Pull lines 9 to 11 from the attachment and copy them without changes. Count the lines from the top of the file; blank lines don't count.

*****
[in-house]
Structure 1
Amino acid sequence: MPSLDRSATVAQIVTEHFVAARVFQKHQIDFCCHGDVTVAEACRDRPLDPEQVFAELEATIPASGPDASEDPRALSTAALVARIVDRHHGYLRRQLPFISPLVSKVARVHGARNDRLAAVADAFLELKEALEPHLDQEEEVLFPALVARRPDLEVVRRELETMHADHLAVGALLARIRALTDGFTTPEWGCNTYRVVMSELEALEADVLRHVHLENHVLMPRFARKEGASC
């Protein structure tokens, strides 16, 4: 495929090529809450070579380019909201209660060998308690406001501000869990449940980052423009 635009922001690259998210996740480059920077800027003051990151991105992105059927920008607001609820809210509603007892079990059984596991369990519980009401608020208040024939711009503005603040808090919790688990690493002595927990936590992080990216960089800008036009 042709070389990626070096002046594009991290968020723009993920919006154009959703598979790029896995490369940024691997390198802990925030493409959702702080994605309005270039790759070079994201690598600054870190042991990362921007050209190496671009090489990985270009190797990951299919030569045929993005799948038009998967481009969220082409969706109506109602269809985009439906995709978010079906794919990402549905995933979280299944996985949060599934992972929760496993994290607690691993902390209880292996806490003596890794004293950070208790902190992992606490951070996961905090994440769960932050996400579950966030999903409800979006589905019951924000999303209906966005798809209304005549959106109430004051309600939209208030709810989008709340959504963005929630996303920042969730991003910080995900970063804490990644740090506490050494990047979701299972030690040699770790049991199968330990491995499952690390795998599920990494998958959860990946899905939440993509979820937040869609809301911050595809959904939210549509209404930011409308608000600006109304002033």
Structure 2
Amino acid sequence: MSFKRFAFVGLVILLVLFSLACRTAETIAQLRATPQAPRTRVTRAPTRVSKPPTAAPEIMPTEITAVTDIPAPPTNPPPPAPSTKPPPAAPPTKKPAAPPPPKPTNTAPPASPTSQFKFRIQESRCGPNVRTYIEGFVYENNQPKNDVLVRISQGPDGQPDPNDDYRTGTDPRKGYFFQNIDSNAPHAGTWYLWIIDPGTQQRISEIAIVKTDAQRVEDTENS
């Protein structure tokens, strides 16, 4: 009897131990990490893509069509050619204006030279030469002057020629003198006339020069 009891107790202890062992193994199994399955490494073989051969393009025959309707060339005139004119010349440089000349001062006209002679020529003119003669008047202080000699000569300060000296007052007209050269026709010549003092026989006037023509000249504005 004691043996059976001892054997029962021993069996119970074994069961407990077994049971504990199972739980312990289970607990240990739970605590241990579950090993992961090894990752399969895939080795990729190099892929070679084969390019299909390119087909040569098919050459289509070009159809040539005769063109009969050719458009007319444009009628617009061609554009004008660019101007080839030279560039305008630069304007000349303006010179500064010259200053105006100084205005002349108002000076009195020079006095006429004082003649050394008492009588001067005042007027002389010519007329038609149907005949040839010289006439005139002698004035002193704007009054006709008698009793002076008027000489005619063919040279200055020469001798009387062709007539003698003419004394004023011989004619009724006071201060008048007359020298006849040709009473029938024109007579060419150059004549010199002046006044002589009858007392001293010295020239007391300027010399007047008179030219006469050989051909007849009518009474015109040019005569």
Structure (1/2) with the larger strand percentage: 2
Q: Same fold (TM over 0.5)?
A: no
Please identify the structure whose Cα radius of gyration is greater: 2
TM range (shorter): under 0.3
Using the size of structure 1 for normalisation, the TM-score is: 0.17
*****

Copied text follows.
Q: Same fold (TM over 0.5)?
A: no
Please identify the structure whose Cα radius of gyration is greater: 2